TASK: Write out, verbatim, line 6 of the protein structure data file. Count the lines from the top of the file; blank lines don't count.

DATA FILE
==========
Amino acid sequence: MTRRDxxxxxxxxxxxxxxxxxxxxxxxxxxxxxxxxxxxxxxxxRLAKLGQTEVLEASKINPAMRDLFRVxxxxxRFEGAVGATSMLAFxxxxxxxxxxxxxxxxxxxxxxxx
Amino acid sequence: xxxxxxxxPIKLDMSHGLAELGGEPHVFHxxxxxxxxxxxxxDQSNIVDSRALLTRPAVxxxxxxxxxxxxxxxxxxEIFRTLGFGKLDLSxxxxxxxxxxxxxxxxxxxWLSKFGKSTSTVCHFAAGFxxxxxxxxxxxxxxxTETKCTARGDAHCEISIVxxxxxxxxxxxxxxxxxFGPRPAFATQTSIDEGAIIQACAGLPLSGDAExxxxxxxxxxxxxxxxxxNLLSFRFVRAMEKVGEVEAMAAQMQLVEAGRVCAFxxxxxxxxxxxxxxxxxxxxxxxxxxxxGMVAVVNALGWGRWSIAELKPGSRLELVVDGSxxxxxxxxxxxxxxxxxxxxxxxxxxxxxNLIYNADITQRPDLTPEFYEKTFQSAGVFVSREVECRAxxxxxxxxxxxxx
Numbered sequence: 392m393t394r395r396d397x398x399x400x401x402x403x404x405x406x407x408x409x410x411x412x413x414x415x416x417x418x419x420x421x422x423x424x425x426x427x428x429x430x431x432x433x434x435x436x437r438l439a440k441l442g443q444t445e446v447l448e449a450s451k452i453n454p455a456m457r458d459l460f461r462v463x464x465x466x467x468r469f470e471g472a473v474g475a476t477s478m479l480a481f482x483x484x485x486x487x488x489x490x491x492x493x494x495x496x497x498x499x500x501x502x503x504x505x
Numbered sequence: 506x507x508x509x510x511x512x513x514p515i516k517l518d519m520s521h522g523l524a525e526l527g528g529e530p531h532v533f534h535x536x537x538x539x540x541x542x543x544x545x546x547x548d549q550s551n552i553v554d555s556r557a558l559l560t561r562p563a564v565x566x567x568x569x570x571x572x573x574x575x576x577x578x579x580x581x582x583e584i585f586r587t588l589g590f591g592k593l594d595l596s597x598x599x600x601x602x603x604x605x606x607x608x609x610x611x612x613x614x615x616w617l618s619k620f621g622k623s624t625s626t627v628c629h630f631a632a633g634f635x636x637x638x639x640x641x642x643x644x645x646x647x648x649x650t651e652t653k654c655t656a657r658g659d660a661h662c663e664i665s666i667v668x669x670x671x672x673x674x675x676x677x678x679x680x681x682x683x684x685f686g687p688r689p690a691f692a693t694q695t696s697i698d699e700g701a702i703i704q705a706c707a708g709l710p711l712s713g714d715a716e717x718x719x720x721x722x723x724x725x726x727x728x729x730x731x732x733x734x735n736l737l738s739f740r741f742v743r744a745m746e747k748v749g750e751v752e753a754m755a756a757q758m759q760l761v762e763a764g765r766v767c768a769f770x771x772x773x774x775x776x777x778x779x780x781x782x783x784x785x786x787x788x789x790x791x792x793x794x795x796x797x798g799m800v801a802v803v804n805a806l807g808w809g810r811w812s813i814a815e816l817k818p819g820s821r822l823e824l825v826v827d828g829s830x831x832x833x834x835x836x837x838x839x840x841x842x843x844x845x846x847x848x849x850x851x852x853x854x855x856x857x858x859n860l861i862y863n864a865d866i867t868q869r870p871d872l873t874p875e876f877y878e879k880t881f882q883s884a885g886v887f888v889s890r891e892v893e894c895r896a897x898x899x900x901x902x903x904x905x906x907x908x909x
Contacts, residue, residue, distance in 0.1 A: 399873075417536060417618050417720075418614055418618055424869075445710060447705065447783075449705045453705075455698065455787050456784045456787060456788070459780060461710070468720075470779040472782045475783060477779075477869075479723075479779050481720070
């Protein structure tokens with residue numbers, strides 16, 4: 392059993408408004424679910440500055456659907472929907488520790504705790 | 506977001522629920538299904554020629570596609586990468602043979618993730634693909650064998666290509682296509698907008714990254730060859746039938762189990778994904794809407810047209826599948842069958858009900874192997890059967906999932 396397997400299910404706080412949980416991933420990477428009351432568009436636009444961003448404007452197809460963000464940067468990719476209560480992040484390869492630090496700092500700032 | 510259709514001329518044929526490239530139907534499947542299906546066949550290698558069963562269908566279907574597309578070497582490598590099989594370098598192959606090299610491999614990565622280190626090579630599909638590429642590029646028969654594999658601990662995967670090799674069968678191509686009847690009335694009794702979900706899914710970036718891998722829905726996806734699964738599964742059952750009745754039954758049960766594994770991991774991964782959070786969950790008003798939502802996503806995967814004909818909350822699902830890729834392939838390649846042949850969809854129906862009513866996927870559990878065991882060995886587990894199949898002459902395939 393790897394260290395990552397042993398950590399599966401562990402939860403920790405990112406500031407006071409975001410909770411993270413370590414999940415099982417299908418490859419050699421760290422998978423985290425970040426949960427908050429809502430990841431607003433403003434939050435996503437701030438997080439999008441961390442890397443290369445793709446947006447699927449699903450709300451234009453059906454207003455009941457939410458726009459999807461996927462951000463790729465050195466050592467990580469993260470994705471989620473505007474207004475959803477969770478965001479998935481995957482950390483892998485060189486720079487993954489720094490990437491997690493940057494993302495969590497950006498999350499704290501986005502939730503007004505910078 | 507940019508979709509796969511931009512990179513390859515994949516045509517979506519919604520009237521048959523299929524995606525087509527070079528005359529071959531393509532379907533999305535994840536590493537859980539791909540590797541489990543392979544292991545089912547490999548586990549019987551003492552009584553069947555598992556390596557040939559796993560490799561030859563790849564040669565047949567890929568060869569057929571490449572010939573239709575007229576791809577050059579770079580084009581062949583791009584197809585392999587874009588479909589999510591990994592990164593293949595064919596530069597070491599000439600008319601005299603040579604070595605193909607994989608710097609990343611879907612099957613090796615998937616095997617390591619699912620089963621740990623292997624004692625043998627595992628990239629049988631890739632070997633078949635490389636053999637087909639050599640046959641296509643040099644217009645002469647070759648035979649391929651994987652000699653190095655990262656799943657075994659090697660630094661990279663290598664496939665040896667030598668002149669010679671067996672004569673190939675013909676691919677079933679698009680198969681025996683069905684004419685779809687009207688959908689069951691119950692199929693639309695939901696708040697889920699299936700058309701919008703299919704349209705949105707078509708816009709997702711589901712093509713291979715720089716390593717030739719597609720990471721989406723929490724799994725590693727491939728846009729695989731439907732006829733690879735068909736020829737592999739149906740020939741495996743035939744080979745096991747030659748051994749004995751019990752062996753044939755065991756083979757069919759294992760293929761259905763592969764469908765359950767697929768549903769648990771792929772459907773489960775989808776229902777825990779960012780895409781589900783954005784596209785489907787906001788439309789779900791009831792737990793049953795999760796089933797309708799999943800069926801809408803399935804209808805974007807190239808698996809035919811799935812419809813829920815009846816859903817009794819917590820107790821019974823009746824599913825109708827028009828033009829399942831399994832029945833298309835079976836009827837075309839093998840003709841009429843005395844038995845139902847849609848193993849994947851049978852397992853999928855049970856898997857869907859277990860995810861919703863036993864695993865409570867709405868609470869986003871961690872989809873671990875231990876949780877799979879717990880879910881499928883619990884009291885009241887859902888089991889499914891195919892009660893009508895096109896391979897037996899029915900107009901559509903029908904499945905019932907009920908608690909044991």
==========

């Protein structure tokens with residue numbers, strides 16, 4: 392059993408408004424679910440500055456659907472929907488520790504705790 | 506977001522629920538299904554020629570596609586990468602043979618993730634693909650064998666290509682296509698907008714990254730060859746039938762189990778994904794809407810047209826599948842069958858009900874192997890059967906999932 396397997400299910404706080412949980416991933420990477428009351432568009436636009444961003448404007452197809460963000464940067468990719476209560480992040484390869492630090496700092500700032 | 510259709514001329518044929526490239530139907534499947542299906546066949550290698558069963562269908566279907574597309578070497582490598590099989594370098598192959606090299610491999614990565622280190626090579630599909638590429642590029646028969654594999658601990662995967670090799674069968678191509686009847690009335694009794702979900706899914710970036718891998722829905726996806734699964738599964742059952750009745754039954758049960766594994770991991774991964782959070786969950790008003798939502802996503806995967814004909818909350822699902830890729834392939838390649846042949850969809854129906862009513866996927870559990878065991882060995886587990894199949898002459902395939 393790897394260290395990552397042993398950590399599966401562990402939860403920790405990112406500031407006071409975001410909770411993270413370590414999940415099982417299908418490859419050699421760290422998978423985290425970040426949960427908050429809502430990841431607003433403003434939050435996503437701030438997080439999008441961390442890397443290369445793709446947006447699927449699903450709300451234009453059906454207003455009941457939410458726009459999807461996927462951000463790729465050195466050592467990580469993260470994705471989620473505007474207004475959803477969770478965001479998935481995957482950390483892998485060189486720079487993954489720094490990437491997690493940057494993302495969590497950006498999350499704290501986005502939730503007004505910078 | 507940019508979709509796969511931009512990179513390859515994949516045509517979506519919604520009237521048959523299929524995606525087509527070079528005359529071959531393509532379907533999305535994840536590493537859980539791909540590797541489990543392979544292991545089912547490999548586990549019987551003492552009584553069947555598992556390596557040939559796993560490799561030859563790849564040669565047949567890929568060869569057929571490449572010939573239709575007229576791809577050059579770079580084009581062949583791009584197809585392999587874009588479909589999510591990994592990164593293949595064919596530069597070491599000439600008319601005299603040579604070595605193909607994989608710097609990343611879907612099957613090796615998937616095997617390591619699912620089963621740990623292997624004692625043998627595992628990239629049988631890739632070997633078949635490389636053999637087909639050599640046959641296509643040099644217009645002469647070759648035979649391929651994987652000699653190095655990262656799943657075994659090697660630094661990279663290598664496939665040896667030598668002149669010679671067996672004569673190939675013909676691919677079933679698009680198969681025996683069905684004419685779809687009207688959908689069951691119950692199929693639309695939901696708040697889920699299936700058309701919008703299919704349209705949105707078509708816009709997702711589901712093509713291979715720089716390593717030739719597609720990471721989406723929490724799994725590693727491939728846009729695989731439907732006829733690879735068909736020829737592999739149906740020939741495996743035939744080979745096991747030659748051994749004995751019990752062996753044939755065991756083979757069919759294992760293929761259905763592969764469908765359950767697929768549903769648990771792929772459907773489960775989808776229902777825990779960012780895409781589900783954005784596209785489907787906001788439309789779900791009831792737990793049953795999760796089933797309708799999943800069926801809408803399935804209808805974007807190239808698996809035919811799935812419809813829920815009846816859903817009794819917590820107790821019974823009746824599913825109708827028009828033009829399942831399994832029945833298309835079976836009827837075309839093998840003709841009429843005395844038995845139902847849609848193993849994947851049978852397992853999928855049970856898997857869907859277990860995810861919703863036993864695993865409570867709405868609470869986003871961690872989809873671990875231990876949780877799979879717990880879910881499928883619990884009291885009241887859902888089991889499914891195919892009660893009508895096109896391979897037996899029915900107009901559509903029908904499945905019932907009920908608690909044991």